Scottsdale acquired 2,365 acres of land for its McDowell Sonoran Preserve at a state land auction Tuesday. The city was the only bidder.

The city’s successful bid was $21.3M – about $8M of that will come from a Growing Smarter State Trust Land Acquisition Grant approved by the Arizona State Parks Board in September. The remainder of the purchase price will come from money generated by two dedicated sales taxes approved by Scottsdale voters in 1995 and 2004. The use of state grant funding frees additional dollars to be used on future purchases.

“Today marks another milestone in the creation of Scottsdale’s McDowell Sonoran Preserve,” said Mayor Jim Lane. “This rugged, scenic land in the heart of the McDowell Mountains will be protected for future generations to enjoy.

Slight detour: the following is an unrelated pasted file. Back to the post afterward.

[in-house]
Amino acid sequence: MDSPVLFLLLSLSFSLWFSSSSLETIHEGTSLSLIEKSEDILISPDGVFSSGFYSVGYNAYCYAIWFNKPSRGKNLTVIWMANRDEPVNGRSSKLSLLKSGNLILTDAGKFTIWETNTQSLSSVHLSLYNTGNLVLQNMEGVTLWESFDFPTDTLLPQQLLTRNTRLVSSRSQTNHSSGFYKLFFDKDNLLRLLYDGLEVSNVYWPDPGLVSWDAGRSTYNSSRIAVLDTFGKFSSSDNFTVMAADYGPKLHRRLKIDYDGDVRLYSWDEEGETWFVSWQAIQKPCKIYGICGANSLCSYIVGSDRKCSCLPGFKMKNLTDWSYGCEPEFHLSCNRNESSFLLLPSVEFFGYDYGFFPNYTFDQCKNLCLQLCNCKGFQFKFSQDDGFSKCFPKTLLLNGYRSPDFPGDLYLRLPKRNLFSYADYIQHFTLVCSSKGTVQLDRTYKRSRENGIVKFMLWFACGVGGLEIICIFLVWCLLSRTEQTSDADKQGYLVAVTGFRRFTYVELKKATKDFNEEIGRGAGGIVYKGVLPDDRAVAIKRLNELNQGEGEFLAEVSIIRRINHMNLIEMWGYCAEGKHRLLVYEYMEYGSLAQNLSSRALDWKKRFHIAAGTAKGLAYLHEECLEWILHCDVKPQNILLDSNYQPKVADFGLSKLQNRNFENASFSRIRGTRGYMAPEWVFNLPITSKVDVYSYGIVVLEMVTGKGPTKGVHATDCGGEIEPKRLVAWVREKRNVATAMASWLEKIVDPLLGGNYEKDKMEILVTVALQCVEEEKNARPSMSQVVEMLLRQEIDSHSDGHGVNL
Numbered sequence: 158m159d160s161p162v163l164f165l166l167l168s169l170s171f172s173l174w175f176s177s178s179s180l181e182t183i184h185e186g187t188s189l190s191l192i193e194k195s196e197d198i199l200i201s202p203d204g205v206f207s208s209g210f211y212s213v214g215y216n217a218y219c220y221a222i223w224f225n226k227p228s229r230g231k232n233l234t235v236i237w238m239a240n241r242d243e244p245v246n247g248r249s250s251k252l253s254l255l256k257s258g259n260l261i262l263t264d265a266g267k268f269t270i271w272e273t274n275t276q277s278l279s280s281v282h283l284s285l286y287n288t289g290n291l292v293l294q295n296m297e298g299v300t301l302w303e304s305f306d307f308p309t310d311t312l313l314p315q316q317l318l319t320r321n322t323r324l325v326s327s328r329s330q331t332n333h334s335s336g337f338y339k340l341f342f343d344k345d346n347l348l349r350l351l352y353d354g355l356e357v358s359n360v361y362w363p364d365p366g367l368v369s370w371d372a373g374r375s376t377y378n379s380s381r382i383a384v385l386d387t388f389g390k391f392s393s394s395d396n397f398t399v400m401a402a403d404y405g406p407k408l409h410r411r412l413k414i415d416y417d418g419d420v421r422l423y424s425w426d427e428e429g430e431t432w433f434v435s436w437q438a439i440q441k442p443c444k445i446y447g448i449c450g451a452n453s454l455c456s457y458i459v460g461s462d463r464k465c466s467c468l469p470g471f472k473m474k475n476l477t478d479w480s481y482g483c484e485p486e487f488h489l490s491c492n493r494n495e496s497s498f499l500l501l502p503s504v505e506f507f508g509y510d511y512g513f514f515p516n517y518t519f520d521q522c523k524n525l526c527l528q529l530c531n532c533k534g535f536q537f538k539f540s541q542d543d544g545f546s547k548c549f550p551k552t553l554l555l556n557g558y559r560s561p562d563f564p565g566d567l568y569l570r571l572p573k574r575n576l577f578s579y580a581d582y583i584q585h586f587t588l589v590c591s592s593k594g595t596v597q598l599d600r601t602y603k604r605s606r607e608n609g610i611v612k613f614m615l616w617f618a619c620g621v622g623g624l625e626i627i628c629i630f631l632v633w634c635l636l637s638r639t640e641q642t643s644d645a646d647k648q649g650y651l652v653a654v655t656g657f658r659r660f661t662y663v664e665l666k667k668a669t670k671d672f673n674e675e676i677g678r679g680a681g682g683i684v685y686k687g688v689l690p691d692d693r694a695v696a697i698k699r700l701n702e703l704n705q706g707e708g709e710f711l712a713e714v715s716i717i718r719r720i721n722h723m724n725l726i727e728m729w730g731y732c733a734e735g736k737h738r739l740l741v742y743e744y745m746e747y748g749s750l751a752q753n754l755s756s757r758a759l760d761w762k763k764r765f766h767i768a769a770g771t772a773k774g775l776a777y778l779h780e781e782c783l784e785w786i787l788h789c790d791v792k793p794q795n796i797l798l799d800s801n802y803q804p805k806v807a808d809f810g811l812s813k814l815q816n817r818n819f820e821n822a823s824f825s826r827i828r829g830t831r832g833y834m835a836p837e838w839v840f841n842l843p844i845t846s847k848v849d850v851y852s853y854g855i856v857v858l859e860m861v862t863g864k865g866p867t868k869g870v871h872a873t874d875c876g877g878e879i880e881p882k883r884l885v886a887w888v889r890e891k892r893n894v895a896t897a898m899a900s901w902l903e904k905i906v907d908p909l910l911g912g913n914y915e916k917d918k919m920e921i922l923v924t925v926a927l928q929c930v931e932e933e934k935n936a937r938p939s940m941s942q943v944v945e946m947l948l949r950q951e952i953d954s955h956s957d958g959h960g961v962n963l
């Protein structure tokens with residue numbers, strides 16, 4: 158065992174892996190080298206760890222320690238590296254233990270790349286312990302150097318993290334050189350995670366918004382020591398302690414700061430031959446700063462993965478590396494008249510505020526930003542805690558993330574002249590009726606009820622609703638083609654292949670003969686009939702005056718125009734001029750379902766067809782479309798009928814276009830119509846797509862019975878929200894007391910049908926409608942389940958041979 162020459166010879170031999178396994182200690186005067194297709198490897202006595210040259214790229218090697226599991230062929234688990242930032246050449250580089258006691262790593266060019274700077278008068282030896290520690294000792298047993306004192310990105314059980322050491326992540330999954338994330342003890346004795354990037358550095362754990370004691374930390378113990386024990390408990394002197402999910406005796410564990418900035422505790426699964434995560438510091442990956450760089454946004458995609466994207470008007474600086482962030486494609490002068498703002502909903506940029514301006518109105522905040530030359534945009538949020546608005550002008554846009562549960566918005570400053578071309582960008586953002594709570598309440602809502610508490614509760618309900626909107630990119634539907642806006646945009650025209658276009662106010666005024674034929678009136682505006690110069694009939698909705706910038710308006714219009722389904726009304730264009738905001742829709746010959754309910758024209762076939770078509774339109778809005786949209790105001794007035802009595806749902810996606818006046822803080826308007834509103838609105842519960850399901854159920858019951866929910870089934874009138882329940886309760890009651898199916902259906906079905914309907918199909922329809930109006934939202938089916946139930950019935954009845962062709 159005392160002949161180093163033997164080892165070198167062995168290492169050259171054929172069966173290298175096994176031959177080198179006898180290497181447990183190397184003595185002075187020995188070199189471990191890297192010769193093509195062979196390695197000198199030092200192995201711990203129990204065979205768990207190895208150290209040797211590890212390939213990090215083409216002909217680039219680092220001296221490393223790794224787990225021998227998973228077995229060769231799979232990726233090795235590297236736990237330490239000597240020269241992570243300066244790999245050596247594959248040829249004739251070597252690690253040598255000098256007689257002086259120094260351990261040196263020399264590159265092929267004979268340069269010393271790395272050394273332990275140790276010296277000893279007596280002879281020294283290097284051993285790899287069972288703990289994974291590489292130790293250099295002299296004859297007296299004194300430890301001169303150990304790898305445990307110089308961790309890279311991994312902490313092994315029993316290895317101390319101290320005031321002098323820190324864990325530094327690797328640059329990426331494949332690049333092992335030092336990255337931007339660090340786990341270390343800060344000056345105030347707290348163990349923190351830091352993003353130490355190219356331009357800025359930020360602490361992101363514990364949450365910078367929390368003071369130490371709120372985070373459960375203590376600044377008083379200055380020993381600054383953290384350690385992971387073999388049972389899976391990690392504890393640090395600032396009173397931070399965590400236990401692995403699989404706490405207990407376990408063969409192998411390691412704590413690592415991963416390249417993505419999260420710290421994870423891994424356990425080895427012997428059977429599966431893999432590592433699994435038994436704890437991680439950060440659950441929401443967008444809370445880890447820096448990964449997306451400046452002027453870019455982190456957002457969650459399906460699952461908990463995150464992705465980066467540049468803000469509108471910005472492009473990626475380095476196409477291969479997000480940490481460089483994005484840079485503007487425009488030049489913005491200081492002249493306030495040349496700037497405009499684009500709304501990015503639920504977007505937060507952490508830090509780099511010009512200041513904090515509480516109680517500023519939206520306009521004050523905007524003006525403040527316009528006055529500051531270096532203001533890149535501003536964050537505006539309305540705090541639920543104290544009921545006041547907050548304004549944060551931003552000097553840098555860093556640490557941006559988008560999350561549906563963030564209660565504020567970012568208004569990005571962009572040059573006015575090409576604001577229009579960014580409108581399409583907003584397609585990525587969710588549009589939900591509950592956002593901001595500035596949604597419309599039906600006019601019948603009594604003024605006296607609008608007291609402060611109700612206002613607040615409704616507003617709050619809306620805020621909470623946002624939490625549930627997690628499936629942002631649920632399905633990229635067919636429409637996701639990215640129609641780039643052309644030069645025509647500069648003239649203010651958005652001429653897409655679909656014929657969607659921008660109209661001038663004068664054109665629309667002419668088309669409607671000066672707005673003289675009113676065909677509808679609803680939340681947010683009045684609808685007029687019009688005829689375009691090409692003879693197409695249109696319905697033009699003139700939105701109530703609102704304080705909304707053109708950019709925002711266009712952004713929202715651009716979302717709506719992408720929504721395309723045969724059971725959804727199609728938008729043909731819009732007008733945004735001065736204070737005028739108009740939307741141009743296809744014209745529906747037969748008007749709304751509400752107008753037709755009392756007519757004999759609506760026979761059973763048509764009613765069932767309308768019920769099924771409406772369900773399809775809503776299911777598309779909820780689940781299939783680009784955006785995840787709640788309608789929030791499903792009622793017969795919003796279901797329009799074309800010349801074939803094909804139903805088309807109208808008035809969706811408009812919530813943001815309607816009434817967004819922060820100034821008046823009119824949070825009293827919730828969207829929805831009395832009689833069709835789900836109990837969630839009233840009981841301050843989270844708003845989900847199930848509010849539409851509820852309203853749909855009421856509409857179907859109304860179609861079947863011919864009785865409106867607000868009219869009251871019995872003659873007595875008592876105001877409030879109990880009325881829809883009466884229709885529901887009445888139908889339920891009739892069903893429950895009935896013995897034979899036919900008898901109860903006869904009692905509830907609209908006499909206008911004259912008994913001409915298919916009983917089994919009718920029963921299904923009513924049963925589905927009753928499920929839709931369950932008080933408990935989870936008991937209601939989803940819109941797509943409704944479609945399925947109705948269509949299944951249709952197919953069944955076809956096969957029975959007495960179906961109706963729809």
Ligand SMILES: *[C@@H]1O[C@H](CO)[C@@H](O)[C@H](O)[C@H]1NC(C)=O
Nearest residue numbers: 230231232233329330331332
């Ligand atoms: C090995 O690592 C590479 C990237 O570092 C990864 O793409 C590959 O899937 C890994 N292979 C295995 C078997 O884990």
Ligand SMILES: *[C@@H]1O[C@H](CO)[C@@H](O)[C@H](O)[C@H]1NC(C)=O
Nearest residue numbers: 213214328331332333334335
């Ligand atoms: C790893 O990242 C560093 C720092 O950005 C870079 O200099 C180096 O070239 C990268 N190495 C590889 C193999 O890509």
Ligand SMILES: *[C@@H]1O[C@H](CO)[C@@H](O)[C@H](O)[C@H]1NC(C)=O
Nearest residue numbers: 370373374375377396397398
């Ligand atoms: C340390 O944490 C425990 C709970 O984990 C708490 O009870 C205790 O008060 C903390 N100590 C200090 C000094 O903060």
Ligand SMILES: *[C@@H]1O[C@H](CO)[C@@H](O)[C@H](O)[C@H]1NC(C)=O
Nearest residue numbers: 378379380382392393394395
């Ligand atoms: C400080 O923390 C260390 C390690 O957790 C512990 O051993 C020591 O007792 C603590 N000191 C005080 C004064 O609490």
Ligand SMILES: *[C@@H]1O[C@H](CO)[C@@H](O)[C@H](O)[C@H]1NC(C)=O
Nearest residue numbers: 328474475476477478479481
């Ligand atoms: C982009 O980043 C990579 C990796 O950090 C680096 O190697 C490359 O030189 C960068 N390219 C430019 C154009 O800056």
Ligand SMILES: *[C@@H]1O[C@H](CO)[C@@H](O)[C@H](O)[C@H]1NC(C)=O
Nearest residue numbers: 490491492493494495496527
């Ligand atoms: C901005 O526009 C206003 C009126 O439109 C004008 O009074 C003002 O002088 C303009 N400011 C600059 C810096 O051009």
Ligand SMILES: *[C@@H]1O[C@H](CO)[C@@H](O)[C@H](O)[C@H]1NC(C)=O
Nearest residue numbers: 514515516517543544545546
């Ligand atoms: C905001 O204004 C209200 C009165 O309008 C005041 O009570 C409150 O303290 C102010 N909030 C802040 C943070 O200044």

“The ability to acquire and preserve these lands is a testament to our community’s vision and our citizens’ willingness to safeguard Scottsdale’s beautiful and unique natural environment.”

With today’s acquisition, Scottsdale’s McDowell Sonoran Preserve encompasses roughly 30,200 contiguous acres – more than 47 square miles. That is about 89 percent of the long-range goal to preserve about 34,000 acres, nearly a third of the city’s land area.

Preserving these lands protects the main ridgeline of the McDowell Mountains and expands the land area of an important wildlife corridor connected to nearly three million acres of Tonto National Forest.

The preserve land acquired today includes the majority of ridgeline in the southern McDowell Mountains. It’s an area that features steep slopes, exposed bedrock, boulder outcrops and lush upper Sonoran Desert vegetation. The upper watersheds of Lost Dog, Quartz and Taliesin washes run through the land, which is also home to abundant wildlife.

The lands generally are located north of the Thunderbird Road alignment, south of the Bell Road alignment, east of the 120th Street alignment and west of the 136th Street alignment. It is within a “recommended study boundary” that includes all of the land targeted to be part of the preserve, permanently protecting the acreage from development.